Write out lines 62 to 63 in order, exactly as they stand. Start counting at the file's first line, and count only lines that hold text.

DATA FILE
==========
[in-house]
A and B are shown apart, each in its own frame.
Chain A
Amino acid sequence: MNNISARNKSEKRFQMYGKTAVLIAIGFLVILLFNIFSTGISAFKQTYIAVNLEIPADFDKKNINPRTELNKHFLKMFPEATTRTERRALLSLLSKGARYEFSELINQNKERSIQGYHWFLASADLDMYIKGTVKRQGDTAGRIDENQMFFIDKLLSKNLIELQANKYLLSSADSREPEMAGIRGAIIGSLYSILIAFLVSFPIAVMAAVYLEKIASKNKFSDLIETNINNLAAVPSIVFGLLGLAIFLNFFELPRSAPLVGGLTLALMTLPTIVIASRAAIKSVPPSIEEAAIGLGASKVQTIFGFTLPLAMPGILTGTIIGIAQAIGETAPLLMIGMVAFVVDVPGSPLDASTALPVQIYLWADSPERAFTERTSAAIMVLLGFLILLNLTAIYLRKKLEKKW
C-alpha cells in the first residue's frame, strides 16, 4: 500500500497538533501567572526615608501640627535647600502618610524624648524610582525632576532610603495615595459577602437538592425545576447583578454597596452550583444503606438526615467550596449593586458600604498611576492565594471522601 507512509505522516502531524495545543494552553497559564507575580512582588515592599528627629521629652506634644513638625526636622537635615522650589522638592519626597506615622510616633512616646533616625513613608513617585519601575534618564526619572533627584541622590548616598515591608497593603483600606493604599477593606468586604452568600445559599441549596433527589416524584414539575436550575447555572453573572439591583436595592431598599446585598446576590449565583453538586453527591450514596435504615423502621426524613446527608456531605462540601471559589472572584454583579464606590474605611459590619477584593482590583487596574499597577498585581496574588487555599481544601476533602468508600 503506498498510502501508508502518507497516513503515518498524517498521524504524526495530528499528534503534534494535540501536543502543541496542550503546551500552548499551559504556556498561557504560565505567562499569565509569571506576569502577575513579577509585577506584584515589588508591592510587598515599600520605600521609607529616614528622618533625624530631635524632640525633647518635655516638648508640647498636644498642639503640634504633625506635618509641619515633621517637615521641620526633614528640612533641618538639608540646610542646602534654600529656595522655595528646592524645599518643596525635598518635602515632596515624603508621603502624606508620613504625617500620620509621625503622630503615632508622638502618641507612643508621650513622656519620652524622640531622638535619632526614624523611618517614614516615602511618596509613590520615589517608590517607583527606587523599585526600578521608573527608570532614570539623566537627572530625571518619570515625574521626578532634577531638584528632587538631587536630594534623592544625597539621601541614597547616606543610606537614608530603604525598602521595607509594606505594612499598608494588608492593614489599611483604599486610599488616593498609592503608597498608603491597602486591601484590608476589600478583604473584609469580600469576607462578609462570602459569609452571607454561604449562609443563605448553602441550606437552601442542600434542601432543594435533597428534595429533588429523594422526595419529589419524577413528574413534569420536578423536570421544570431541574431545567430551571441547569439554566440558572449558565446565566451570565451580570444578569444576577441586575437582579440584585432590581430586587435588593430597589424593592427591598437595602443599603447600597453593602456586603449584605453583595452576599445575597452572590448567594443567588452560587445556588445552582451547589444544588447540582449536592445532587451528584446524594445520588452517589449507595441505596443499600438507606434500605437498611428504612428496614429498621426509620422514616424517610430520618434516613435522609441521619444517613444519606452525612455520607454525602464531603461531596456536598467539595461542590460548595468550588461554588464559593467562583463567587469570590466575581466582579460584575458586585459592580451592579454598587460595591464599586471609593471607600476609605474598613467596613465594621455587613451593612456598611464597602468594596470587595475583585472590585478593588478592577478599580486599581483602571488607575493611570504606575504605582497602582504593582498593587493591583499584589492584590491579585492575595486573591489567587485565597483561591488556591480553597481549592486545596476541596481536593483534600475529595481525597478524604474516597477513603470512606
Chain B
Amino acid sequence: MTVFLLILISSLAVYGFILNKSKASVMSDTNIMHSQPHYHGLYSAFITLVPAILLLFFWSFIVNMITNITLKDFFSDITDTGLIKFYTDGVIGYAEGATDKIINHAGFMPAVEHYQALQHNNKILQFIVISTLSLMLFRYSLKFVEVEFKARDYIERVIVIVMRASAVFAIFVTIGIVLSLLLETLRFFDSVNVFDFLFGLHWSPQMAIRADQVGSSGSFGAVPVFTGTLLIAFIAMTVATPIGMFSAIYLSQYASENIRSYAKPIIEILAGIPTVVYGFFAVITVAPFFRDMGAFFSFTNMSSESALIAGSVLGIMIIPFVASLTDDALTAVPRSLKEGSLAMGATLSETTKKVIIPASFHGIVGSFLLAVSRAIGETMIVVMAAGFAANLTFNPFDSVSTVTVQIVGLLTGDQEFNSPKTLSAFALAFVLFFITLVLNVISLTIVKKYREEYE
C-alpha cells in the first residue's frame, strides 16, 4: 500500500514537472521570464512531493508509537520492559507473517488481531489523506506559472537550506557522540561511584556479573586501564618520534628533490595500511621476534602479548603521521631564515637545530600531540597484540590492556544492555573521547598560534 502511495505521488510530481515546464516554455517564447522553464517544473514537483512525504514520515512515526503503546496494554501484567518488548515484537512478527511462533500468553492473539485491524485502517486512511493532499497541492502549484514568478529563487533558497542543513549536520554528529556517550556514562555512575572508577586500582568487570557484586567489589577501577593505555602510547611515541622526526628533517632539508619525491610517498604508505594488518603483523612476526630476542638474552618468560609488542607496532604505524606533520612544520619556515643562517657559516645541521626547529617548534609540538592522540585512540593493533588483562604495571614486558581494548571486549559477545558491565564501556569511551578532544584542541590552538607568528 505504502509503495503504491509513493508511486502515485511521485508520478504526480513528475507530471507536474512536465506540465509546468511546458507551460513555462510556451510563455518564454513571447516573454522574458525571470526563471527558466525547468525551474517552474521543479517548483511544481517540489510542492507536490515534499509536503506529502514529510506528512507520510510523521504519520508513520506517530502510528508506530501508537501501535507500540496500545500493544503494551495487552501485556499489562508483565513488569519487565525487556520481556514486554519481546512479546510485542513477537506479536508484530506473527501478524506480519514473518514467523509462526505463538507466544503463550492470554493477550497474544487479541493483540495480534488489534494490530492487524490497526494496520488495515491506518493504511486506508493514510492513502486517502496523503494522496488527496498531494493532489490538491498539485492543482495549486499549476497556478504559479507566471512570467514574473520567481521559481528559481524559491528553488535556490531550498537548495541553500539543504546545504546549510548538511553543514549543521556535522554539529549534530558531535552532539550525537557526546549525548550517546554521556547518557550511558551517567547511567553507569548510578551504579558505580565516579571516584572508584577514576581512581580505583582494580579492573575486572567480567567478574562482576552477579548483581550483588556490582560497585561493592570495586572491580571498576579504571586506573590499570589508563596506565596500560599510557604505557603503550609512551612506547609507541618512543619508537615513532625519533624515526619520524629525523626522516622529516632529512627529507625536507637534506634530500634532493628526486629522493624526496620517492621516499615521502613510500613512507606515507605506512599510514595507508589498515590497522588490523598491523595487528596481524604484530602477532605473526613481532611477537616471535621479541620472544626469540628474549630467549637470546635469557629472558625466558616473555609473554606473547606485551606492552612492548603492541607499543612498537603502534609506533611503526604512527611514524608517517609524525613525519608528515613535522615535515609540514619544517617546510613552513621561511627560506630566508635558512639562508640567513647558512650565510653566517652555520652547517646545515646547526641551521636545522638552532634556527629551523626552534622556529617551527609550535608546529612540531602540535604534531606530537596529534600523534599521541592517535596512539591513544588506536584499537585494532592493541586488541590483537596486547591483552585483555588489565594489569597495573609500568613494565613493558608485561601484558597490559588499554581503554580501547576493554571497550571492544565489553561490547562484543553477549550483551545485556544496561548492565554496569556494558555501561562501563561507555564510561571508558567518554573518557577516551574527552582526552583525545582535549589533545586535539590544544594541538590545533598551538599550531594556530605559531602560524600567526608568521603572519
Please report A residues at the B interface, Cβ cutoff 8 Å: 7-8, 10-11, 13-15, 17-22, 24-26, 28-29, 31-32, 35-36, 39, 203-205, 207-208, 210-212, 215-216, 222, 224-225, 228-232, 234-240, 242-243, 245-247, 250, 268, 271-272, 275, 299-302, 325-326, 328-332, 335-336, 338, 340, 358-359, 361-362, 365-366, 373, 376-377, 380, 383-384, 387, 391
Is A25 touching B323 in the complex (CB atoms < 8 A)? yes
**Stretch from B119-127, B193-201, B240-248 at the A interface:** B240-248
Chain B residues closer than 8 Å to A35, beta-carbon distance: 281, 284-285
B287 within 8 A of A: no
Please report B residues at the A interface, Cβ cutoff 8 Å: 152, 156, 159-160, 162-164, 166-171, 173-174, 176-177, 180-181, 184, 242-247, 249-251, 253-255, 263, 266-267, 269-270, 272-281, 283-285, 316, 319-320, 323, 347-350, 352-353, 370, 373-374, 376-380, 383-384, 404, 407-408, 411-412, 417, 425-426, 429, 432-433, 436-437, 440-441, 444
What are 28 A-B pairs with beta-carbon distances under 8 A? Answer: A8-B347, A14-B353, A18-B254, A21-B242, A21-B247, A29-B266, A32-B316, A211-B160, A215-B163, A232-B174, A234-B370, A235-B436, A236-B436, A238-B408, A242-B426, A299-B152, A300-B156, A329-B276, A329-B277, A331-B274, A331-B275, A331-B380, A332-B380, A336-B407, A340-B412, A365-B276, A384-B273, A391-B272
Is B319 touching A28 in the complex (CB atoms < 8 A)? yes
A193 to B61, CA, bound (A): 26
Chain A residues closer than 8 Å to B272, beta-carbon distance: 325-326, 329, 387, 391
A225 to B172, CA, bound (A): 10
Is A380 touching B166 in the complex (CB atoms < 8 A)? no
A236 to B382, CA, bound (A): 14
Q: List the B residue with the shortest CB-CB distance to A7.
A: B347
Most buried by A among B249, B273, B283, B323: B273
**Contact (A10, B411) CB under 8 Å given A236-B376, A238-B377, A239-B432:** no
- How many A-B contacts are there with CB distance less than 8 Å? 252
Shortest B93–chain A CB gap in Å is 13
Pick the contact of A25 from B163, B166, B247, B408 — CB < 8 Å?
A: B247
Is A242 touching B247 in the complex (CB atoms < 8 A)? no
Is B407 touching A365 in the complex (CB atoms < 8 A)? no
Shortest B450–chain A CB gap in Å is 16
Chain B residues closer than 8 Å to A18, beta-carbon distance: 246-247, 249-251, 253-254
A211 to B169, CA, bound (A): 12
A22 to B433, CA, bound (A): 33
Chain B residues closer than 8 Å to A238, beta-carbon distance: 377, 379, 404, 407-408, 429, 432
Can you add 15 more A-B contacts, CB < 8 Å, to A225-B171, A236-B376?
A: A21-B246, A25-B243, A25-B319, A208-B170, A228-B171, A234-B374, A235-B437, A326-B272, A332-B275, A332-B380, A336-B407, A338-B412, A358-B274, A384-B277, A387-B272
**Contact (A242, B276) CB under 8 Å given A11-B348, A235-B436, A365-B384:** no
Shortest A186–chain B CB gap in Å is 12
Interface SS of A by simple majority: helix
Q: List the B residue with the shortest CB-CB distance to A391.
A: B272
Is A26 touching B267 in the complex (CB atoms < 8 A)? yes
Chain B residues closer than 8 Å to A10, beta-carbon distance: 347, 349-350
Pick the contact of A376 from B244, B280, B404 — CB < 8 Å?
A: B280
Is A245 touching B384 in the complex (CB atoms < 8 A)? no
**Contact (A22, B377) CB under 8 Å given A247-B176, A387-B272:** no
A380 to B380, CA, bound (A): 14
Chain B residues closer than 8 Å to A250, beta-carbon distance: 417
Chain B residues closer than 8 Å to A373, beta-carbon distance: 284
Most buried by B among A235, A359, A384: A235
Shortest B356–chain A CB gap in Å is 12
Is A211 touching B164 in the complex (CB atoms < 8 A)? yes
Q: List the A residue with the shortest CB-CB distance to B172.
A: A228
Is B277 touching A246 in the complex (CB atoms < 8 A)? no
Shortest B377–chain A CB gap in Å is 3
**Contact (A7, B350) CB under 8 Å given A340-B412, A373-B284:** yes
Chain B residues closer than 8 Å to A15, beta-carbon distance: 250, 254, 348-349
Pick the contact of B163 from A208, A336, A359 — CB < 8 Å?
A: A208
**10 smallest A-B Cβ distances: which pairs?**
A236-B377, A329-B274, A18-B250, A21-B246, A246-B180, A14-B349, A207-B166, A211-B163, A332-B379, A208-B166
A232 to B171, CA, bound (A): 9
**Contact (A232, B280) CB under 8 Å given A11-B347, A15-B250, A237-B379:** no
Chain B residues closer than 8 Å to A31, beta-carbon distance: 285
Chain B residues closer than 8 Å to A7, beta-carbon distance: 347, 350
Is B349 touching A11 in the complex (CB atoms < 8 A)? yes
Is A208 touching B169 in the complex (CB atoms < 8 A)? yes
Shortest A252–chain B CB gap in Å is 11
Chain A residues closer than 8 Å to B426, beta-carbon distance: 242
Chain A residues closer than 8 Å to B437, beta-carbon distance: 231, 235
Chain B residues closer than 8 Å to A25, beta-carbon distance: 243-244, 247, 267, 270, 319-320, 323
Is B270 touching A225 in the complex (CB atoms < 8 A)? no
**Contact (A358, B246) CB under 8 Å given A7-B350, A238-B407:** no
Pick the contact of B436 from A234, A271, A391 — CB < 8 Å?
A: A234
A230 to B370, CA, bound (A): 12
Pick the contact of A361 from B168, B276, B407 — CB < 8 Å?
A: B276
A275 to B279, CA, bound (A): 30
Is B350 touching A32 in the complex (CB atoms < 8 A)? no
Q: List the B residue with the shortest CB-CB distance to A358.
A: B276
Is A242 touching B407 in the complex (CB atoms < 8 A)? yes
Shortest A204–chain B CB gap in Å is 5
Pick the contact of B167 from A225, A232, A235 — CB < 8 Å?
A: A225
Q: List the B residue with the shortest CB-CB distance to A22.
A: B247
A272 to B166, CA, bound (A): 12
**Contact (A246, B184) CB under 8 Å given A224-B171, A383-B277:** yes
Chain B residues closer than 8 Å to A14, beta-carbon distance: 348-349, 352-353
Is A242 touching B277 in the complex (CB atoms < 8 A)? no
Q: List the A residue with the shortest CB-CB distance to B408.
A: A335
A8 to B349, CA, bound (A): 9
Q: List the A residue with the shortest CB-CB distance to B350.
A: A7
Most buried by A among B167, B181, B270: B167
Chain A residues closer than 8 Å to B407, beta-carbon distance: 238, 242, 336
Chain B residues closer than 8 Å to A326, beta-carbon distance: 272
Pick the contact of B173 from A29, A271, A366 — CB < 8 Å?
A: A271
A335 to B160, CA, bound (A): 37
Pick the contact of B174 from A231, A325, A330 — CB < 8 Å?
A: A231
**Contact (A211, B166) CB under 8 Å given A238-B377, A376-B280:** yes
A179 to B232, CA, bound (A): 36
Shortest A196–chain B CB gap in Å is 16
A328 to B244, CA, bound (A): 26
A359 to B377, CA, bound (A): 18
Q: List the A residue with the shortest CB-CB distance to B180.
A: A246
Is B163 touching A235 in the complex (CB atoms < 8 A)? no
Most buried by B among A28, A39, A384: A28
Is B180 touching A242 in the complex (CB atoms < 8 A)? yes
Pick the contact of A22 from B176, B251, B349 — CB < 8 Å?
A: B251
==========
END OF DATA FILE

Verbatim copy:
Pick the contact of B163 from A208, A336, A359 — CB < 8 Å?
A: A208